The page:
Immense and implausible increase needed in global carbon capture and…

immense-and-implausible-increase-needed-in-global-carbon-capture-and…

Immense and implausible increase needed in global carbon capture and…

Immense and implausible increase needed in global carbon capture and storage, to remove aviation etc CO2
2022-08-16 13:10:00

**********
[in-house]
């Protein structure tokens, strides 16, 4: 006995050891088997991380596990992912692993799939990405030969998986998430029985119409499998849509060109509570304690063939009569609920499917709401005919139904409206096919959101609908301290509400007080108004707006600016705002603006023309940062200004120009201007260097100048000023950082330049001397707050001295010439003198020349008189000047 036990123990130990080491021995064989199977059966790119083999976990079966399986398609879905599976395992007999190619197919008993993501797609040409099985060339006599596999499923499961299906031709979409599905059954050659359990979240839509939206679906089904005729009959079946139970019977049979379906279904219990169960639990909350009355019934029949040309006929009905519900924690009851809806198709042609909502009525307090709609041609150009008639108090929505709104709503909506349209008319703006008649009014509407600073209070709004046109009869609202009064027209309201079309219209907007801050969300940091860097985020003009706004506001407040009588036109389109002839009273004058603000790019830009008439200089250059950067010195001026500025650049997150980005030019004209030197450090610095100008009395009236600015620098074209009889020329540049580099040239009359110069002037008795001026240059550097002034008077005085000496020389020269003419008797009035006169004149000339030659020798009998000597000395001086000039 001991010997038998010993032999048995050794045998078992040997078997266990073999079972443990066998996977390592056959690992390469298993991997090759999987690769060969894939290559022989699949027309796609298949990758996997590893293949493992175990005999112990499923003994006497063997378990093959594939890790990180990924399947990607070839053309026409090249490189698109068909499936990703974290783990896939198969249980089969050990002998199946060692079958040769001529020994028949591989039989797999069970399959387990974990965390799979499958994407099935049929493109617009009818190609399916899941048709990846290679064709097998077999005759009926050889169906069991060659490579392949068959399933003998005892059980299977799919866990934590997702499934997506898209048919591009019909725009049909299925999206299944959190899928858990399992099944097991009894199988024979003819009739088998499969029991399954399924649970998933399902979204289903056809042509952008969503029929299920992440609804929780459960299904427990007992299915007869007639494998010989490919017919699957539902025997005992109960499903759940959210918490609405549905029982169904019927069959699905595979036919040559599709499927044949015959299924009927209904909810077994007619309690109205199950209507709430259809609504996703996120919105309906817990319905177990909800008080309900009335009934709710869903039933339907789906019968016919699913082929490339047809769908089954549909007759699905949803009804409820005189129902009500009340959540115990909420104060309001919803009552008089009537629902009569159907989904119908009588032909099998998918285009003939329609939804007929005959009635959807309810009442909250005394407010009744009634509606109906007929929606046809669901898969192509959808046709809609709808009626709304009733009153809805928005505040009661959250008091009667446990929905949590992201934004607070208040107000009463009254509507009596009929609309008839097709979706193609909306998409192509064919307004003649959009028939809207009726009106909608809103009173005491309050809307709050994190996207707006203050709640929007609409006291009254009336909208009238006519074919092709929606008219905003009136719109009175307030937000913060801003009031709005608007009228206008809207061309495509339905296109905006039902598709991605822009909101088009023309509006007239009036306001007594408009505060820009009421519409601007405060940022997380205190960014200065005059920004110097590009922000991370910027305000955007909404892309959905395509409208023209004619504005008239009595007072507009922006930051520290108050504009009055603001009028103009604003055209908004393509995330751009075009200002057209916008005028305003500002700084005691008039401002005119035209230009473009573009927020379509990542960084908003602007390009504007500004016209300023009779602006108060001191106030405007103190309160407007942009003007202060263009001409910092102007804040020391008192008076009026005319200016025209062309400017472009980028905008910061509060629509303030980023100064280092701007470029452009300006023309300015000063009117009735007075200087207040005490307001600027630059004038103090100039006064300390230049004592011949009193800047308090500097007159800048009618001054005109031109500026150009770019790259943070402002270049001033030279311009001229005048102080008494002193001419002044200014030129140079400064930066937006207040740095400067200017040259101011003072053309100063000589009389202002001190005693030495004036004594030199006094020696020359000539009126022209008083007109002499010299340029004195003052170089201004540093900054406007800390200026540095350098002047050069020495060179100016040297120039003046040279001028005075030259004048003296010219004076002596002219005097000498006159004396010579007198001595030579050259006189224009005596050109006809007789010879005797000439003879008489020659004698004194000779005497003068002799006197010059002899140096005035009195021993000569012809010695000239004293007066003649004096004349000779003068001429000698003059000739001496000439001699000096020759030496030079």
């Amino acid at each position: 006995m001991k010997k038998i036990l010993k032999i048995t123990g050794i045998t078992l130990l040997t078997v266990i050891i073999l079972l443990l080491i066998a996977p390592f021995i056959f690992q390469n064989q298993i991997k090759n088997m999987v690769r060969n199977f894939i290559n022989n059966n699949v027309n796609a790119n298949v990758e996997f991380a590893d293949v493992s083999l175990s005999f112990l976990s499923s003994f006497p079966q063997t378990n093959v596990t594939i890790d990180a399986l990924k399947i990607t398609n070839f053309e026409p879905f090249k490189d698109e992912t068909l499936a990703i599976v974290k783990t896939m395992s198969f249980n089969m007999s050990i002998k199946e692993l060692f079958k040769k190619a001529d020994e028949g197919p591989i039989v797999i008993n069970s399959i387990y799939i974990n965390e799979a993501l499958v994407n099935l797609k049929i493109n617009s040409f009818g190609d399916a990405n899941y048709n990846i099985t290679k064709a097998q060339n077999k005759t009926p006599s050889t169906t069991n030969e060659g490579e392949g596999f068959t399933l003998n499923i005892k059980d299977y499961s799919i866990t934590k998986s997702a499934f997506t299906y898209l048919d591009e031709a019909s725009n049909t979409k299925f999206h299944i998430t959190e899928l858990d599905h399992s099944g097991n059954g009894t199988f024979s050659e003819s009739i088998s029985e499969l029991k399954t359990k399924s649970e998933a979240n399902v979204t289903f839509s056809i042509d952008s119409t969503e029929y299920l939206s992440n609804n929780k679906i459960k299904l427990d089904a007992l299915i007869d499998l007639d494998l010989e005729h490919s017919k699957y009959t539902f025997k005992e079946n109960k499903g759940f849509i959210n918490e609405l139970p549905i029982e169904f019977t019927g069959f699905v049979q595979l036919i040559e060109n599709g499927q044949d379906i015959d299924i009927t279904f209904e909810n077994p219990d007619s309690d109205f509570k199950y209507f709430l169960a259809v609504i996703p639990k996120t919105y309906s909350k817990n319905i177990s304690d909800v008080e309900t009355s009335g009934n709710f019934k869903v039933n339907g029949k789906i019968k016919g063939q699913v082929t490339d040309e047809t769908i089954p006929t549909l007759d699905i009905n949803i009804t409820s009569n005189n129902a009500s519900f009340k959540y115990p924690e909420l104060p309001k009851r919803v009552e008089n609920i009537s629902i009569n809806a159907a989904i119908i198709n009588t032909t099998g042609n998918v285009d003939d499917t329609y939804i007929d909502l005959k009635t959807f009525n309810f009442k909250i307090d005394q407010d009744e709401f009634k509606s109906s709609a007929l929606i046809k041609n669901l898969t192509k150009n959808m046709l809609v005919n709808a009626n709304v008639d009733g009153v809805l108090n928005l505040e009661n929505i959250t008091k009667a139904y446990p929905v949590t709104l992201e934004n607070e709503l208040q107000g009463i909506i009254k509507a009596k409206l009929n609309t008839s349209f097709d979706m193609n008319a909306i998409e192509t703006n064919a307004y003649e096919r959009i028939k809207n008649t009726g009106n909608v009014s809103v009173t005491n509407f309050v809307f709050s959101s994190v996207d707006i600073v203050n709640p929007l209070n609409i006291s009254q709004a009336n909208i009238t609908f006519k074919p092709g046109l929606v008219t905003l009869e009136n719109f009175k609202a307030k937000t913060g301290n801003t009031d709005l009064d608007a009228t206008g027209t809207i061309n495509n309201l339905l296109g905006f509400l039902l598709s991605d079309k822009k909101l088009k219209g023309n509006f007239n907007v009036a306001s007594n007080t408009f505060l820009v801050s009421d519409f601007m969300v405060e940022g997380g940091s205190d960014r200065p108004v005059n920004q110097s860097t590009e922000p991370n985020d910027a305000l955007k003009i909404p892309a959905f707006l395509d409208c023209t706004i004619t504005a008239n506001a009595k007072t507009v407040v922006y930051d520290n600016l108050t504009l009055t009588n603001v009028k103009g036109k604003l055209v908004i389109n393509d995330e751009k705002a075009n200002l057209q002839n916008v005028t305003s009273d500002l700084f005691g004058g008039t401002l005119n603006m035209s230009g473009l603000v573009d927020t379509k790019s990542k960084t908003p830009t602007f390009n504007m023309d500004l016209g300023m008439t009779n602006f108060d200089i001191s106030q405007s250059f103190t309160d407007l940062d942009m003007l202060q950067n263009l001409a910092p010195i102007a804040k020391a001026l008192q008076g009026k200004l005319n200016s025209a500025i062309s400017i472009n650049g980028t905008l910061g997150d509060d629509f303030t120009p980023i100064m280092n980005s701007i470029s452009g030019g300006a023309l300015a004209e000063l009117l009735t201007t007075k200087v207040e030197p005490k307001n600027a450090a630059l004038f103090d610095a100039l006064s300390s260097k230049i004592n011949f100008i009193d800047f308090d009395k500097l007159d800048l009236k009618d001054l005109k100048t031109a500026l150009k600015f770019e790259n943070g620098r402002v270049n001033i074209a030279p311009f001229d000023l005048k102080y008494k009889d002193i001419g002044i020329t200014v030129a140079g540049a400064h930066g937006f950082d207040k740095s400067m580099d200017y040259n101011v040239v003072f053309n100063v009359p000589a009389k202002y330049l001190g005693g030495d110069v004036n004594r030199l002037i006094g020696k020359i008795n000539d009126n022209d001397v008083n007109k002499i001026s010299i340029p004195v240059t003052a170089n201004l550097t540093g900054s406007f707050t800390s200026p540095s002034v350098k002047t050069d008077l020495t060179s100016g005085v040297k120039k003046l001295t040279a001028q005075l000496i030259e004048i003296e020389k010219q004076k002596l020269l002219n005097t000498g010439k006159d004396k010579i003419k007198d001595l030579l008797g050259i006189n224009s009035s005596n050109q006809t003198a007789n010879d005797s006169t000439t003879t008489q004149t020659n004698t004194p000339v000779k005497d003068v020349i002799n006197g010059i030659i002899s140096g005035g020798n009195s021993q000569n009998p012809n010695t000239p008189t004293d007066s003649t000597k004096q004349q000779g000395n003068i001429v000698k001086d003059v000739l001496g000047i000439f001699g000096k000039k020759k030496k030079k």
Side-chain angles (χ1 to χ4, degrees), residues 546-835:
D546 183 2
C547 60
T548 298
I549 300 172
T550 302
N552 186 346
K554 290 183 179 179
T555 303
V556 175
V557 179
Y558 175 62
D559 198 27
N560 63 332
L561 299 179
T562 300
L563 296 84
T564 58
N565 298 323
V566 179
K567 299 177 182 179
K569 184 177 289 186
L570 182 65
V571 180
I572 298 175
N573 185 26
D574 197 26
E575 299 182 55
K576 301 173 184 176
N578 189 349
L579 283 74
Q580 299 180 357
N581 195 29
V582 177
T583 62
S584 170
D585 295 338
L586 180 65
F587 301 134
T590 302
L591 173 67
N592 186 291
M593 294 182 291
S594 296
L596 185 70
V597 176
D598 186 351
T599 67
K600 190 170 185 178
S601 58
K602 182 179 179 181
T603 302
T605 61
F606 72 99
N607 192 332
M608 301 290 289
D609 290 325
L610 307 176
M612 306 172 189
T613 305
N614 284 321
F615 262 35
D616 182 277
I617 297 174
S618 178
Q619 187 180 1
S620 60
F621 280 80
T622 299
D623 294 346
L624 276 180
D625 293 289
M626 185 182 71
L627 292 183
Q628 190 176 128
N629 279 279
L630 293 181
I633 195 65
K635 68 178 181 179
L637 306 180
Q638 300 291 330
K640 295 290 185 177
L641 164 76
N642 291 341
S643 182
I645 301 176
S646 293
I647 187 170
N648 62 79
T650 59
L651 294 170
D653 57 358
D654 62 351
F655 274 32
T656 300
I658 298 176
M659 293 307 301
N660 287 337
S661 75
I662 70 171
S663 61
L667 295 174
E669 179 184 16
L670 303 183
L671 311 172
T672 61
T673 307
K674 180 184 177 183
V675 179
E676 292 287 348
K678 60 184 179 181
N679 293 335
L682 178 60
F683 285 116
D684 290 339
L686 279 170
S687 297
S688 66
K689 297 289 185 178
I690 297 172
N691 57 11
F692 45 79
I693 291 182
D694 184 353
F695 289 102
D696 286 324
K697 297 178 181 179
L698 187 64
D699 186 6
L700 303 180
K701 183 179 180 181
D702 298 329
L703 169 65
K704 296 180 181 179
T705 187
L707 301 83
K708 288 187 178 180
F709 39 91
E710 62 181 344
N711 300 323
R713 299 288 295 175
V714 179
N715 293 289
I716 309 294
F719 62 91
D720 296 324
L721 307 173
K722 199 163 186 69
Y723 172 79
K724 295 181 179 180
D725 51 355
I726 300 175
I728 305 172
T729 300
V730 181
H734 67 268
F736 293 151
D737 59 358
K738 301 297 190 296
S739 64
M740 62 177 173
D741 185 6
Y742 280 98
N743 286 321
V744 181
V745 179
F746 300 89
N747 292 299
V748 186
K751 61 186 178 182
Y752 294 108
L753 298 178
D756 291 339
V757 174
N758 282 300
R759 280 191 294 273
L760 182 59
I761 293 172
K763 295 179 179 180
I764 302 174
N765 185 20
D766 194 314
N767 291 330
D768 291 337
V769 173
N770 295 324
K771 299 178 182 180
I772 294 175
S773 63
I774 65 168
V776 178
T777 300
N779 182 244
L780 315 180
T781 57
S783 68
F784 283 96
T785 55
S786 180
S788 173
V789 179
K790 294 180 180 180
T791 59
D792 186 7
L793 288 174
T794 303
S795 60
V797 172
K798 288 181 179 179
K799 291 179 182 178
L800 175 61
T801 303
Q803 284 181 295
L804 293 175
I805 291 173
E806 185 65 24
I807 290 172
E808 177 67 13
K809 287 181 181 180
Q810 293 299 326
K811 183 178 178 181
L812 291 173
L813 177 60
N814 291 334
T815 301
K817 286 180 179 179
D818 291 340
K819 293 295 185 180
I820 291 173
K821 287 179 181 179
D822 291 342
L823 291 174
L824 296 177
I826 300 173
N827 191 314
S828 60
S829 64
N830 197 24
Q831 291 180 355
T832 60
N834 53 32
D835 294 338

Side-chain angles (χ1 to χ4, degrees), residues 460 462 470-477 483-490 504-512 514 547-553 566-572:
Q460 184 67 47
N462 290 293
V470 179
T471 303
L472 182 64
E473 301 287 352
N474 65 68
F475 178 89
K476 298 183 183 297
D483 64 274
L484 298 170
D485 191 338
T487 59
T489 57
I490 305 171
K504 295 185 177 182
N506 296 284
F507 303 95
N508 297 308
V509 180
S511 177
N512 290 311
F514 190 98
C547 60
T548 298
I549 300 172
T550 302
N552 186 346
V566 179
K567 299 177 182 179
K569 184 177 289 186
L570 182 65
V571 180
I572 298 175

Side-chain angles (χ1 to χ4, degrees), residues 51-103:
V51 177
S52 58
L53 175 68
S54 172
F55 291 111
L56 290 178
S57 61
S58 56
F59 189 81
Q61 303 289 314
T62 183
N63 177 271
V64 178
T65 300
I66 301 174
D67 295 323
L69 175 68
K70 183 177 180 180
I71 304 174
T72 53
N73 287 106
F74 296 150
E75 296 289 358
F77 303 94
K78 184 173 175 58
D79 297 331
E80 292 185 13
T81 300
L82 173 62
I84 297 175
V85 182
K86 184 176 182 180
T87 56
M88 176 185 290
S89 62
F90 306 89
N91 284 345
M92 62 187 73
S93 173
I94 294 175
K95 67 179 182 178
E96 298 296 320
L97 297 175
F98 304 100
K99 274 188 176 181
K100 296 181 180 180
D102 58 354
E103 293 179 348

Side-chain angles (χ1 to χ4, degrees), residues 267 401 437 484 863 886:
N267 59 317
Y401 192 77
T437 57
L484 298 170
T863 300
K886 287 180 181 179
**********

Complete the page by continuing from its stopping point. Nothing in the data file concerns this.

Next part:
The UK has no proper policy to decarbonise aviation.  Instead it hopes there will be breakthroughs in aircraft technology and a vast increase in “sustainable” aviation fuels (SAF) which – miraculously – will not compete or conflict with other sectors, or cause other environmental problems.  And they are hoping much of the carbon that aviation will continue to emit will be (magically) removed from the air and stored permanently underground (CCS). So far the success of carbon capture plants has been underwhelming. Hardly any carbon has been stored underground. Indeed, even if the global capacity for CCS was expanded very fast (40% per year or so) it is not economic. Unless the expensively captured carbon can be sold to another sector (another industry, greenhouse horticulture, making other fuels) it is not economic. There are estimates that the amount of CO2 that would have to be captured and permanently stored globally would be perhaps x1000 as much as now, just by the 2030s.  And the CO2 produced from agriculture, cement making etc – hard to electrify – would be in addition to that from aviation, requiring CCS.  In reality, the carbon capture hoped for is not going to happen, certainly not on the scale needed. .Tweet   Global CCS rates overestimated by up to 30% – Imperial College London 27.7.2022 By Oliver Gordon  (From Energy Monitor) Researchers at Imperial College London compared estimates of stored carbon with official reports and found that actual carbon stored is overestimated by 19–30%. The amount of carbon that has been captured and stored globally via carbon capture and storage (CCS) since 1996 has been overestimated by up to 30%, according to new research from Imperial College London. Imperial’s researchers compared estimates of stored carbon with official reports and found that the reports lead to overestimates of actual carbon stored by 19–30%. They calculate that 197 million tonnes of carbon were actually captured and stored between 1996 and 2020. A lack of consistent reporting frameworks is leading to this being overestimated in reports, giving an inaccurate picture of the technology’s contribution to fighting climate change. CCS aims to reduce the amount of carbon dioxide (CO2) in the atmosphere by capturing greenhouse gas emissions at source and storing them underground. The Intergovernmental Panel on Climate Change has said the technology will be key to reaching the goal of net-zero emissions by 2050. Currently, the most centralised and up-to-date information on capture rates comes from the annual reports and databases of think tanks. However, these report CCS activity according to the capacity of facilities rather than actual carbon stored. As of 2021, they estimated global capture capacity at 40 million tonnes per year across 26 operational CCS facilities. No centralised framework exists to compel the reporting of precise amounts of carbon captured, so actual rates of capture, transport and storage are not consistently reported or centrally gathered. This leads to CCS’s impact being overestimated, the researchers say. They suggest reporting frameworks should include key details like intended capture rate capacity, maximum capture rate capacity, annual capture of CO2, annual transport of CO2, annual storage of CO2, quality assurance measures such as third-party auditing and reasons for any offline periods where the CCS facility could not operate as intended. “Carbon capture and storage is rightly a cornerstone of climate change mitigation, but without a centralised reporting framework we approach climate change on the back foot when we need to be more proactively tackling the issue with robust and accurate reporting,” says the report’s lead author Yuting Zhang, a PhD candidate at the Department of Earth Science and Engineering at Imperial College London. Even based on current reporting, CO2 capture accounted for only 0.12% of total emissions in 2020. https://www.energymonitor.ai/tech/carbon-removal/global-ccs-rates-overestimated-by-up-to-30-imperial   Going giga: The race to scale up the direct air capture industry 1st August 2022 Construction has begun in Iceland on the world’s largest direct air capture facility to date, as the industry looks to scale at a pace rarely seen in the history of commercial markets. Net zero depends on it. By Oliver Gordon (Energy Monitor) The Intergovernmental Panel on Climate Change (IPCC) has warned that to limit global warming to 1.5°C, the world will need to remove billions of tonnes of carbon from the atmosphere – and that’s on top of the vast quantities of emissions cuts also required. However, last month, on a grassy, far-flung stretch of the Icelandic tundra, an important step was taken towards that aspiration: Swiss company Climeworks broke ground on its newest and largest direct air capture and storage (DAC+S) facility to date, Mammoth. Carbon collectors at Climeworks’s Orca DAC facility in Iceland. (Photo by Climeworks) Although it sounds straight out of a sci-fi novel, DAC is a technology that uses machines to react with and capture CO2 molecules from the atmosphere. Mammoth –

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